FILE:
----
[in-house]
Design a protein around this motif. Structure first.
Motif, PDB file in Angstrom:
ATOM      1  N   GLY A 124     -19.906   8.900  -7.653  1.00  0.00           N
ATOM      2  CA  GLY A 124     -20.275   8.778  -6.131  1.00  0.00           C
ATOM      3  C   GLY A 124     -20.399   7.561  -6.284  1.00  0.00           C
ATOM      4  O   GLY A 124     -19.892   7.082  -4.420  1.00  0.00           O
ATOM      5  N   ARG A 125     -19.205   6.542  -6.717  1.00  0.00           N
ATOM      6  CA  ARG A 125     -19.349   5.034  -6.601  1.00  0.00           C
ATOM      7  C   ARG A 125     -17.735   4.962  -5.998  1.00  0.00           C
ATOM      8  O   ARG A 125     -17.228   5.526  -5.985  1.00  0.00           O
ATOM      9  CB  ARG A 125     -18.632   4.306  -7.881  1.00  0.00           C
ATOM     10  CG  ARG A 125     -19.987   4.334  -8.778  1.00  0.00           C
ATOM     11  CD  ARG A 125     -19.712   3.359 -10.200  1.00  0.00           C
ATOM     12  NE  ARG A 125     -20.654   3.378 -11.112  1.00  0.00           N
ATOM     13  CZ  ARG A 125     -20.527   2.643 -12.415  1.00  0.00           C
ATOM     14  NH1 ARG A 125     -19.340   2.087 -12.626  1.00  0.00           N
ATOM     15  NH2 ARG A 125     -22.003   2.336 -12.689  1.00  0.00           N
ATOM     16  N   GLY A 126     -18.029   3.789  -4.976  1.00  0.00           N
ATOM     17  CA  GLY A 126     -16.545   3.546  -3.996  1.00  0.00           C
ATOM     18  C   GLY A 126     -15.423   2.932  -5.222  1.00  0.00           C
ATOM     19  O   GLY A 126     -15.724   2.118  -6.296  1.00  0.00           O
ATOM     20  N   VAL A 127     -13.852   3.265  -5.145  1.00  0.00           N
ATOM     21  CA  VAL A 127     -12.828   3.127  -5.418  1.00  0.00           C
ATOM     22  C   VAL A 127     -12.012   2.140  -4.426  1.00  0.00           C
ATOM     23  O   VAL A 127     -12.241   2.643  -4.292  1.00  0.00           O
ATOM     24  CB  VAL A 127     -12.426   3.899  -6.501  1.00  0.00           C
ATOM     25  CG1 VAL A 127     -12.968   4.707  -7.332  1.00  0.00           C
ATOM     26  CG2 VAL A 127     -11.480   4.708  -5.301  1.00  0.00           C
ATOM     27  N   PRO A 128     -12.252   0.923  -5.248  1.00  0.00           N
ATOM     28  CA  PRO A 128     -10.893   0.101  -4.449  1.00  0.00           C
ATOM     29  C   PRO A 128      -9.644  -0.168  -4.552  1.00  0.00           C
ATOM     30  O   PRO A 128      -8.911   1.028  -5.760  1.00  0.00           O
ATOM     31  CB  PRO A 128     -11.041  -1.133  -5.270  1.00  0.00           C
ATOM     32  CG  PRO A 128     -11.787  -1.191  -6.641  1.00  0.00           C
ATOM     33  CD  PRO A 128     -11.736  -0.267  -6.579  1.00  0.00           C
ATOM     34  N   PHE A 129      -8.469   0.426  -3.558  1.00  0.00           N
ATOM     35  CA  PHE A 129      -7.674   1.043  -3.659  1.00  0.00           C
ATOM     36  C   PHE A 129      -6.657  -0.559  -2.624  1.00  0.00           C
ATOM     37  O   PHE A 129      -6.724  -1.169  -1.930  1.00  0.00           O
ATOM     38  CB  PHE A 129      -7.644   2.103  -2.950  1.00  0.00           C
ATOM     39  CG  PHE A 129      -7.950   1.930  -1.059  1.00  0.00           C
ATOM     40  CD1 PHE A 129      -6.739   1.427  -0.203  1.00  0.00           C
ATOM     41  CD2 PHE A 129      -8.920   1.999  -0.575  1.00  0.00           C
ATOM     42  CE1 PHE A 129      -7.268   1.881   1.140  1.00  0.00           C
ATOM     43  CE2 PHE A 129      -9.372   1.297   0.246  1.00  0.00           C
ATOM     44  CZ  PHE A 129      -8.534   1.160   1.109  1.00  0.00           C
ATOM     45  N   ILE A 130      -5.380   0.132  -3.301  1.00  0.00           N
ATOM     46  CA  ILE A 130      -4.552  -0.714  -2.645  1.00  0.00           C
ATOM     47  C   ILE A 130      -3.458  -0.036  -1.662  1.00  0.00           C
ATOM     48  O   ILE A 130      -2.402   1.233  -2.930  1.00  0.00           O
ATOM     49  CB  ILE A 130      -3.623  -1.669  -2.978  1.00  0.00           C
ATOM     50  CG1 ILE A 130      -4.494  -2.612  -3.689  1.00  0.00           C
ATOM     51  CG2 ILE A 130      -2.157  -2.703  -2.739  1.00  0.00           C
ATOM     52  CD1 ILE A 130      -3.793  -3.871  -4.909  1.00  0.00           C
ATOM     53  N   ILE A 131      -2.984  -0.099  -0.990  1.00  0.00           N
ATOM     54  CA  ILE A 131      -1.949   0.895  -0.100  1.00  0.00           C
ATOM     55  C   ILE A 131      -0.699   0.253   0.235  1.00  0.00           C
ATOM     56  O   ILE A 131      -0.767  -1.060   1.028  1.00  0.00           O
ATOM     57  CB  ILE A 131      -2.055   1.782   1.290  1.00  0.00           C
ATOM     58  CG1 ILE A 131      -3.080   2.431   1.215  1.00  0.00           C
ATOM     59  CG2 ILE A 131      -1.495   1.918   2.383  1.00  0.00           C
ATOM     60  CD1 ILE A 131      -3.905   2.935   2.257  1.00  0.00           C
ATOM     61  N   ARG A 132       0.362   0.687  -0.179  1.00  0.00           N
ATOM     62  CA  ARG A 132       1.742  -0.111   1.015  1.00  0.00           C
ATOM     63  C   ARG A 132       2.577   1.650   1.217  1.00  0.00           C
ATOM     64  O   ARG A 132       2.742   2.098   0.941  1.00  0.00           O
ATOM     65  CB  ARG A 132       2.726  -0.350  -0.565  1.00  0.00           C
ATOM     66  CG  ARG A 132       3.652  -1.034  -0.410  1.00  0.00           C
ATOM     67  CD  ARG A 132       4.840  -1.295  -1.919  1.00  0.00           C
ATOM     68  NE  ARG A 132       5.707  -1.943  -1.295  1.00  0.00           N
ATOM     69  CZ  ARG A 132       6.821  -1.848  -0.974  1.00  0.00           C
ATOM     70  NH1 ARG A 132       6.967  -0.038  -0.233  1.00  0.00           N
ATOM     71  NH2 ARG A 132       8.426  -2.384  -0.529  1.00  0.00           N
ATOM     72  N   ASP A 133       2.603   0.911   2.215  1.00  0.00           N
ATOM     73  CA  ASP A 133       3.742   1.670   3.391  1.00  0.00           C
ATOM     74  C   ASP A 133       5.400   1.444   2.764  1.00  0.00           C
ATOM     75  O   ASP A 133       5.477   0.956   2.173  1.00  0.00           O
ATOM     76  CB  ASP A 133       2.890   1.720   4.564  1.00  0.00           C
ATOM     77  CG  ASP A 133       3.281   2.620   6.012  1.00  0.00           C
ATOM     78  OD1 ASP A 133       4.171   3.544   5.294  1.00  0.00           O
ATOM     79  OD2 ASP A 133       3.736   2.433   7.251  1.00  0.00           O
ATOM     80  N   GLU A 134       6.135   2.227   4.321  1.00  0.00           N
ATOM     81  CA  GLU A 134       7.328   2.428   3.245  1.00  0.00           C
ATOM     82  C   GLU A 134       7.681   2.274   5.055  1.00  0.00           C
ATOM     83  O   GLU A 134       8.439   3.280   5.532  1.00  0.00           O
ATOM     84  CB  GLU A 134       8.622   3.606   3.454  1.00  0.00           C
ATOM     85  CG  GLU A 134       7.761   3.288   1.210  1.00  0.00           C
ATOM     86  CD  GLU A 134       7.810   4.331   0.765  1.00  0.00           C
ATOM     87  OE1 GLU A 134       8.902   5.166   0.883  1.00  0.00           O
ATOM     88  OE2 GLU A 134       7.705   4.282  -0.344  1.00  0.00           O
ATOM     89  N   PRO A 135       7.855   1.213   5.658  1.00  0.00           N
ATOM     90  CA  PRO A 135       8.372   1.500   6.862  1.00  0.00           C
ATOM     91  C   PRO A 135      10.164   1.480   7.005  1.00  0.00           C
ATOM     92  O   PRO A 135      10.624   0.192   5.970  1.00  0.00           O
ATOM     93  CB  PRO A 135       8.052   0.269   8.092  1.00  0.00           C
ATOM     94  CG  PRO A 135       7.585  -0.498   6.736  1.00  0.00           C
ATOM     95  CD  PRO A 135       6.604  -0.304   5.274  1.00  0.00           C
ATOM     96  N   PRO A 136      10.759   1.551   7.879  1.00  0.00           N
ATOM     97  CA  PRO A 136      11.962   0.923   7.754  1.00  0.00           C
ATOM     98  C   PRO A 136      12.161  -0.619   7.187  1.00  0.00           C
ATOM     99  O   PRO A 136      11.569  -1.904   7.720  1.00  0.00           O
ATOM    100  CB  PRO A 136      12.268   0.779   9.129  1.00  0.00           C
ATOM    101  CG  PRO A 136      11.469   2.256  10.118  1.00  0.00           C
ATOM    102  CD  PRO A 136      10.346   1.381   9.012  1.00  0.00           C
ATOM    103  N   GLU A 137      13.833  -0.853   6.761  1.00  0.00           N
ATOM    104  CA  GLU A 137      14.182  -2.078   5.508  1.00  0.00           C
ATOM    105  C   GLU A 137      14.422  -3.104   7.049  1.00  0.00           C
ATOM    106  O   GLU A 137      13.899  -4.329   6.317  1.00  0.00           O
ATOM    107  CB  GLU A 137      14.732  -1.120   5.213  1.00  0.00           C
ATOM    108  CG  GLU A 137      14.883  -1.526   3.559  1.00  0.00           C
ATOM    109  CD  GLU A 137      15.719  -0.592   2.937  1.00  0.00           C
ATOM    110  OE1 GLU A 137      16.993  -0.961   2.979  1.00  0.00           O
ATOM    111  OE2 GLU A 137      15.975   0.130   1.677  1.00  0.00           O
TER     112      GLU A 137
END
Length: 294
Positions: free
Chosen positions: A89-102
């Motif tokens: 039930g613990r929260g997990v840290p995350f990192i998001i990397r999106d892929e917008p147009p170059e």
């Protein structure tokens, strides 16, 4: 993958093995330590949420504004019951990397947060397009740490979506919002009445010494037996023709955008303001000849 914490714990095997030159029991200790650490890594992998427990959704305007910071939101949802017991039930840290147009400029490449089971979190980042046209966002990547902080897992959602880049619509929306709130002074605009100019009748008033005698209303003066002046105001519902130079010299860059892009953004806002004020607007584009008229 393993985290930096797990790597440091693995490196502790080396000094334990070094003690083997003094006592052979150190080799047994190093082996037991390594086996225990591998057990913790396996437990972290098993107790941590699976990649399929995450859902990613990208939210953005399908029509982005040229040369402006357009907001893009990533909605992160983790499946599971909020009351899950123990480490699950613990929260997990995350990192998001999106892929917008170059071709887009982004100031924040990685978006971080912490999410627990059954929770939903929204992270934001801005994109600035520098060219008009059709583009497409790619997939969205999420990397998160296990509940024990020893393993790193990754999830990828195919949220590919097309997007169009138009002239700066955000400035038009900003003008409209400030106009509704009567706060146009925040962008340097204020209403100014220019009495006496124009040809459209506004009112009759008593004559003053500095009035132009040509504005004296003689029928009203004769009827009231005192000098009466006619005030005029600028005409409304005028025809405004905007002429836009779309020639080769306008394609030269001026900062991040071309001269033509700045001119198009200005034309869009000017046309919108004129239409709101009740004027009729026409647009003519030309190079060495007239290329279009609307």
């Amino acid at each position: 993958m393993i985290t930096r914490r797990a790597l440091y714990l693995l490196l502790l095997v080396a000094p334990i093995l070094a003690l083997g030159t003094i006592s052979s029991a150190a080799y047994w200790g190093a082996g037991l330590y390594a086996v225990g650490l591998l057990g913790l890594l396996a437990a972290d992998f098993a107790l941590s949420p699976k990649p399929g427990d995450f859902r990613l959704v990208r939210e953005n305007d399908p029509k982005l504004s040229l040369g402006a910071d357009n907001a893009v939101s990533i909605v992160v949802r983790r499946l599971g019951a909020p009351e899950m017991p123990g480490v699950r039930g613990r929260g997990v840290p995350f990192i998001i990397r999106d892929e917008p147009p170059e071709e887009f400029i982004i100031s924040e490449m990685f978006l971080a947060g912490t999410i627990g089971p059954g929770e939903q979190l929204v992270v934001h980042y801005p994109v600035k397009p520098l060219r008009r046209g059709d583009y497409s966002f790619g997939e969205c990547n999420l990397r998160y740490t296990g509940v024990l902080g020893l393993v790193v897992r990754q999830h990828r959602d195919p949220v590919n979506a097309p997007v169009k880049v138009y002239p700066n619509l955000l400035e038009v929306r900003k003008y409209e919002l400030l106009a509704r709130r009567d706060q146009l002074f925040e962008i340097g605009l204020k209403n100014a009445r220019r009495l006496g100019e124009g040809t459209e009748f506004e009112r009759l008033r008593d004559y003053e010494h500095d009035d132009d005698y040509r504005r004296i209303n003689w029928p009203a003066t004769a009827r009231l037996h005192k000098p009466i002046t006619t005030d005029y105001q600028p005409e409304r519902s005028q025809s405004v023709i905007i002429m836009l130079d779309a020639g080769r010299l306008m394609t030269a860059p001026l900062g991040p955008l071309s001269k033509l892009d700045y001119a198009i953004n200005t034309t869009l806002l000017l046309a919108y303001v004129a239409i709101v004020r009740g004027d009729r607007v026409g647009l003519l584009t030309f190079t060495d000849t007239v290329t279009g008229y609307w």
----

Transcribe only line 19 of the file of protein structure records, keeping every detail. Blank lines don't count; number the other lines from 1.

ATOM     16  N   GLY A 126     -18.029   3.789  -4.976  1.00  0.00           N